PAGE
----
Wake eddies are important to physical oceanographers because they tend to dominate current variability in the lee of islands. However, their generation and evolution has been difficult to study due to their intermittency. In this study, 2 years of observations from Surface Velocity Program (SVP) drifters are used to calculate relative vorticity (ζ) and diffusivity (κ) in the wake generated by westward flow past the archipelago of Palau. Over 2 years, 19 clusters of five SVP drifters ∼5 km in scale were released from the north end of the archipelago. Out of these, 15 were entrained in the wake. We compare estimates of ζ from both velocity spatial gradients (least squares fitting) and velocity time series (wavelet analysis). Drifters in the wake were entrained in either energetic submesoscale eddies with initial ζ up to 6f, or island-scale recirculation and large-scale lateral shear with ζ ∼ 0.1f. Here f is the local Coriolis frequency. Mean wake vorticity is initially 1.5f but decreases inversely with time (t), while mean cluster scale (L) increases as L ∝ t. Kinetic energy measured by the drifters is comparatively constant. This suggests ζ is predominantly a function of scale, confirmed by binning enstrophy (ζ 2) by inverse scale. We find κ ∝ L 4/3 and upper and lower bounds for L(t) are given by t 3/2 and t 1/2, respectively. These trends are predicted by a model of dispersion due to lateral shear. We argue the observed time dependence of cluster scale and vorticity suggest island-scale shear controls eddy growth in the wake of Palau.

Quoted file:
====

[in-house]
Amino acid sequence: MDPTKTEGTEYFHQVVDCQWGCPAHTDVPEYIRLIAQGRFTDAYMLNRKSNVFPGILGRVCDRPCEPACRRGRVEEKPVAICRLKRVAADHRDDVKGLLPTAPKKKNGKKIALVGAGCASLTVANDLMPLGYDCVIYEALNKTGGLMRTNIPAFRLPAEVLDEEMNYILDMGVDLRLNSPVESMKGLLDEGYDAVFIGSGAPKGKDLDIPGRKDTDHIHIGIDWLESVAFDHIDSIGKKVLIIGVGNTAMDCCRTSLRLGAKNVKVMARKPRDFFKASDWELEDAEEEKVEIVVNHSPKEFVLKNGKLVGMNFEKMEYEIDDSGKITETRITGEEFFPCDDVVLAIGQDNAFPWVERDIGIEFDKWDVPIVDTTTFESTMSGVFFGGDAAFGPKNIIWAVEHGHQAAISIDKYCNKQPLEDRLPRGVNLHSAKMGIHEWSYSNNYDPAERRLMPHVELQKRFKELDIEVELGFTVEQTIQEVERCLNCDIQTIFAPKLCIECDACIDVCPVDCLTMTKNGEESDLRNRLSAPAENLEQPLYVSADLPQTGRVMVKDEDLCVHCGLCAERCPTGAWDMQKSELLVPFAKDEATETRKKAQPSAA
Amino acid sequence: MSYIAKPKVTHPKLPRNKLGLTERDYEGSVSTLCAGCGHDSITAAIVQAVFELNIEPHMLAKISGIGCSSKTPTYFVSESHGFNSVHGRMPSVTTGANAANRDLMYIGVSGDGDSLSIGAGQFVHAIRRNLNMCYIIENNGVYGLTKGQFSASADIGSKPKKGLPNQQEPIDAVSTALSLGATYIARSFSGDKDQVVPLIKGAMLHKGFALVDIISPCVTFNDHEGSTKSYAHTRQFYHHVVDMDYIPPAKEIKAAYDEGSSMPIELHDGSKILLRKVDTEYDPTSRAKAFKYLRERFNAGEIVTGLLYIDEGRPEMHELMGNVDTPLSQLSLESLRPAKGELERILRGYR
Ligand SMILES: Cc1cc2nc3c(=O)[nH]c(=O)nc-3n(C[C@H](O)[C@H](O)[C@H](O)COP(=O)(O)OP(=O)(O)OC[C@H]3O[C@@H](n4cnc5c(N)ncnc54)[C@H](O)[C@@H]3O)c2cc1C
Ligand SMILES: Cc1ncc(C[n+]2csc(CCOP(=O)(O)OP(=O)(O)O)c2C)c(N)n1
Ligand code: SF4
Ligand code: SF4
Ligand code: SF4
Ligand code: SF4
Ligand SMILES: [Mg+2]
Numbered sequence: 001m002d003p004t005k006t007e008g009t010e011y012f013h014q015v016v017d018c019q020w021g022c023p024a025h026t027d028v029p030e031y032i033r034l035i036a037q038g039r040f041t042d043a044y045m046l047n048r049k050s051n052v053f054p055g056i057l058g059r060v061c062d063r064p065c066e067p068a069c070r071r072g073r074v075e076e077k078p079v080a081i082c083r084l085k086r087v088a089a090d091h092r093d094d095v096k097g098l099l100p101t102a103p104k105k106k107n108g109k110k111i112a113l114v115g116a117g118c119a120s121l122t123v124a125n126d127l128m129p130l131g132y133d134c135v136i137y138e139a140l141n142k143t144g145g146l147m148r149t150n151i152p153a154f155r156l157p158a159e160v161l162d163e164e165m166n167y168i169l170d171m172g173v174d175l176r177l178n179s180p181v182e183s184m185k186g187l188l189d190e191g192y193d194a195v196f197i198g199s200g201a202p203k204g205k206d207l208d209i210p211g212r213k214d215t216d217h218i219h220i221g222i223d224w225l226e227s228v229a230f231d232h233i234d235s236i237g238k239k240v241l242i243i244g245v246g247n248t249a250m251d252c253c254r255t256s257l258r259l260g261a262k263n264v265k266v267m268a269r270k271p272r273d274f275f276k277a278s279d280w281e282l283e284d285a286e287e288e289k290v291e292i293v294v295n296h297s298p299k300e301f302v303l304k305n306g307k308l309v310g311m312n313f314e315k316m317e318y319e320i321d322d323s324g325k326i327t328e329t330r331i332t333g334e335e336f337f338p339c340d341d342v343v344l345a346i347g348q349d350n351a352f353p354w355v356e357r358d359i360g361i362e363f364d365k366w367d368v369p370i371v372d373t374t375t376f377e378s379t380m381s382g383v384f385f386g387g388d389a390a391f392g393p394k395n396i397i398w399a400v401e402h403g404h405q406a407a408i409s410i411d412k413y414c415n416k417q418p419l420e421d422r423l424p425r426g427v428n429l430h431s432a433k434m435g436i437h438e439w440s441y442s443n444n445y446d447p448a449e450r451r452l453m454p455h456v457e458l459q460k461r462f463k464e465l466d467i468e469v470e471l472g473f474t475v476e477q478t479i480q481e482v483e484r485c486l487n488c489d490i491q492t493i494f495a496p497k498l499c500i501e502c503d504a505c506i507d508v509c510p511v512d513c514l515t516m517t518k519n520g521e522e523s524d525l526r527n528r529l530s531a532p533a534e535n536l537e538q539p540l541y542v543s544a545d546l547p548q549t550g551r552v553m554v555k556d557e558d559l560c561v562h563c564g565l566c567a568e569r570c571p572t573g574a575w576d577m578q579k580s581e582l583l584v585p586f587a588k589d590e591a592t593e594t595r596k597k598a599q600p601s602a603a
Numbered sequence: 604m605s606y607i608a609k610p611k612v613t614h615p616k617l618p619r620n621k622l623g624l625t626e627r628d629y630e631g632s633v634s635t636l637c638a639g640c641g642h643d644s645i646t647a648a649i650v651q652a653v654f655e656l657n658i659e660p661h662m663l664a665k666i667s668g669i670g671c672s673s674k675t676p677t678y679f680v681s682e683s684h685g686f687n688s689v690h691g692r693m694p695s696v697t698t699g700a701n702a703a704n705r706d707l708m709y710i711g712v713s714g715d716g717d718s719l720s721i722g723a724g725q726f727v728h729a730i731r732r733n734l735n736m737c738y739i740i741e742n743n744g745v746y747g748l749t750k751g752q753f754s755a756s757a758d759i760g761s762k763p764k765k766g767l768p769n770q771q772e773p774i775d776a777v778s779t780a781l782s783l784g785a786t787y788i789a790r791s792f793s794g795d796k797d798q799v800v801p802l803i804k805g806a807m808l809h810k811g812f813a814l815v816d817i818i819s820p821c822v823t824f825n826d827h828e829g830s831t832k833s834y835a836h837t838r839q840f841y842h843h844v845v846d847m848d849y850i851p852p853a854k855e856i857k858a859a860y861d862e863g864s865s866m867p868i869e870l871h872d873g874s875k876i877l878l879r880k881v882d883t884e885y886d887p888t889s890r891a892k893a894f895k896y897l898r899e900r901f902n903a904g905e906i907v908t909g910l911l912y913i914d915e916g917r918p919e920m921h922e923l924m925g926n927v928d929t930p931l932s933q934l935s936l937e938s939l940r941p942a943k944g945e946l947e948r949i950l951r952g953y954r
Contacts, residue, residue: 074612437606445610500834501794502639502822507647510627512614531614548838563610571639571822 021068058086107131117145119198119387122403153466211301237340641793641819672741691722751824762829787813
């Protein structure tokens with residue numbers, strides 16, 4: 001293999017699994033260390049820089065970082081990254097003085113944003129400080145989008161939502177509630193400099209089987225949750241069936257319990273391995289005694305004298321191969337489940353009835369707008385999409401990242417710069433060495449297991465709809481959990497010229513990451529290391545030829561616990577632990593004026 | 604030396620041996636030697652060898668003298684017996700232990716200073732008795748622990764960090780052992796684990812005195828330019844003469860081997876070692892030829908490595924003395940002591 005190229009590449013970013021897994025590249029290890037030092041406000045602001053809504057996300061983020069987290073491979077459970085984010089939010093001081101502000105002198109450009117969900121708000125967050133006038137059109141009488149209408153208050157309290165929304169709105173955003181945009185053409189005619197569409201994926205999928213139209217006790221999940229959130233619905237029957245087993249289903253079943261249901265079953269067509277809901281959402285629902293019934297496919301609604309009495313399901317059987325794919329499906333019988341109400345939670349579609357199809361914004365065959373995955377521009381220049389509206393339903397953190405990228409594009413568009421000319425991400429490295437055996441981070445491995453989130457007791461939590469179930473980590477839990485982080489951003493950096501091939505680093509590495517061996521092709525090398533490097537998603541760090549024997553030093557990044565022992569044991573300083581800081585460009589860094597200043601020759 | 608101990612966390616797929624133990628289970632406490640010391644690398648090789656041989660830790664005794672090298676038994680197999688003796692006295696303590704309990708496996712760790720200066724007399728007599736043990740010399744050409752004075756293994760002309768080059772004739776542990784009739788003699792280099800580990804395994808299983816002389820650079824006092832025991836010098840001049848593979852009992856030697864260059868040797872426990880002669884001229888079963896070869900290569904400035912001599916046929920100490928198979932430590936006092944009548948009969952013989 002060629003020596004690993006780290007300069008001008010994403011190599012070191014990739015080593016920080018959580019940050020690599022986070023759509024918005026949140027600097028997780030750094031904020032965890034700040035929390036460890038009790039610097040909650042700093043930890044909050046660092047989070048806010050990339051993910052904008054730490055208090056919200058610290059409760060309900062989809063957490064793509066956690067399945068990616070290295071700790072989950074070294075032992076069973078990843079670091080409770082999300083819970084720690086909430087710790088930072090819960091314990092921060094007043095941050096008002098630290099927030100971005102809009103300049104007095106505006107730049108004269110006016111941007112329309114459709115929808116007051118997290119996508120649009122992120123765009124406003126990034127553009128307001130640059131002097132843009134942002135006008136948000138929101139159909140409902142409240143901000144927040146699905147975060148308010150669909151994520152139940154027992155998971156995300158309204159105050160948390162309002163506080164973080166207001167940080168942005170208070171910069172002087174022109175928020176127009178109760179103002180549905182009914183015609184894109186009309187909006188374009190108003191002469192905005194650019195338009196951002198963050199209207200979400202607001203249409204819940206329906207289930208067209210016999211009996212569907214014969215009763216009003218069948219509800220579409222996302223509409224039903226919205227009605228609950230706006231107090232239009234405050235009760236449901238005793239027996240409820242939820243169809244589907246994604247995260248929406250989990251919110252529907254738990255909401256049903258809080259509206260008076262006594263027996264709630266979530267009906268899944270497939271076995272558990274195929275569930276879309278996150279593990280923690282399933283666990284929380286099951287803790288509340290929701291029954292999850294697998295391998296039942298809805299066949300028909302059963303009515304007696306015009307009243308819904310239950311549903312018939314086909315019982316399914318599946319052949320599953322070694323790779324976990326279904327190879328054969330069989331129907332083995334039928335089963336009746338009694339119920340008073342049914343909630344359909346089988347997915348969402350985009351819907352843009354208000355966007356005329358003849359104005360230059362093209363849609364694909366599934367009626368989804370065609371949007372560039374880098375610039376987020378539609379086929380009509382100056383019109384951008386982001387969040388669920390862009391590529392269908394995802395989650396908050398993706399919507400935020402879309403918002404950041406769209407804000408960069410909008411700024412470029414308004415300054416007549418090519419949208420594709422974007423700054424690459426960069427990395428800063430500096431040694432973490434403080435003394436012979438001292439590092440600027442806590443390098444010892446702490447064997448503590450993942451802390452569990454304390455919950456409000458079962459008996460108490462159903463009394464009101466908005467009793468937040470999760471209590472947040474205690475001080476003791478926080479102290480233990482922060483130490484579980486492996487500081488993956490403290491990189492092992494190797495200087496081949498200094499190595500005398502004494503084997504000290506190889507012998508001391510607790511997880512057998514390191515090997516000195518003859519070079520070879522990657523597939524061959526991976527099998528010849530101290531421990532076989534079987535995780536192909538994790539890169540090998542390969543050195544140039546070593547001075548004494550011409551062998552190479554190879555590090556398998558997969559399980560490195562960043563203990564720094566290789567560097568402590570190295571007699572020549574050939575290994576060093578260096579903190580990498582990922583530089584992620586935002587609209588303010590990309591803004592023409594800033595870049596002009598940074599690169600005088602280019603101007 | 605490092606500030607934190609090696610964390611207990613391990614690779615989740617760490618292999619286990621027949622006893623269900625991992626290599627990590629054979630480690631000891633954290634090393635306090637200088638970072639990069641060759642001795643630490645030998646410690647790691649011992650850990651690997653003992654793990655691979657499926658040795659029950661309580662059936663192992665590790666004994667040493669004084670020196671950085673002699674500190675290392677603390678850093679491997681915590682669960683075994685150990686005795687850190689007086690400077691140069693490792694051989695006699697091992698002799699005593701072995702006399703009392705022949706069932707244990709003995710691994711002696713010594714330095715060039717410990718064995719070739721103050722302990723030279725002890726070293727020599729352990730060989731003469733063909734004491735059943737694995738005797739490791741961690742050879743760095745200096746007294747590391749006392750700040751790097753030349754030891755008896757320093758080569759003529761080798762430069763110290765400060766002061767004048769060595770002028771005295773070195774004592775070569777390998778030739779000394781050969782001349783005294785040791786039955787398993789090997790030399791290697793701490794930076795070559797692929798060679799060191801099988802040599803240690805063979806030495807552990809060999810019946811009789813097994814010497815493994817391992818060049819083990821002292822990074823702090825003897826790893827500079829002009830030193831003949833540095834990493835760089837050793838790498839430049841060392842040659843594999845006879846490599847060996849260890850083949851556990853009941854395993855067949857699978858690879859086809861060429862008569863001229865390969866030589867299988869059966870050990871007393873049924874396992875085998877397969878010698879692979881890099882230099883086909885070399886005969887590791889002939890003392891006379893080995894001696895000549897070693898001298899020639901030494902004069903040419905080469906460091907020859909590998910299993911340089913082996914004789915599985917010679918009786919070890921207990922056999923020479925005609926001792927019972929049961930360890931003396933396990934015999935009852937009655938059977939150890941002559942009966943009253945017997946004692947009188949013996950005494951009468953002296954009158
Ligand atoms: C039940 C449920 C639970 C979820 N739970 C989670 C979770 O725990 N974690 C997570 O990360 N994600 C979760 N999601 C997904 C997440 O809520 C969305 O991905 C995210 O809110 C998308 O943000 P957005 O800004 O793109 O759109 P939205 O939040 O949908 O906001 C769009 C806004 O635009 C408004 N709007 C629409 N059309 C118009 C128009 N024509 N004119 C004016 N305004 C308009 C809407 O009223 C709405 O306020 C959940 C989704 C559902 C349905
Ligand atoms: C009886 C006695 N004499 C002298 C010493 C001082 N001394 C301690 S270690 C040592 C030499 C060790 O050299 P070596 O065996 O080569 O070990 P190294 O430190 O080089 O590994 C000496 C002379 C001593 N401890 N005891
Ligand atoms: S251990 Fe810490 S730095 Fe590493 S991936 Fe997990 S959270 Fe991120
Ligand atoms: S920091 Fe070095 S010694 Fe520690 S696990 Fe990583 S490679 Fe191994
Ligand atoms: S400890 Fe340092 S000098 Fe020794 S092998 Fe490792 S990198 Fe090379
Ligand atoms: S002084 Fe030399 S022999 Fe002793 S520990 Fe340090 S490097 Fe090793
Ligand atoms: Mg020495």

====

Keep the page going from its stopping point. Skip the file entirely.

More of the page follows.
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This article is included in the Oceanic Flow–Topography Interactions Special Collection.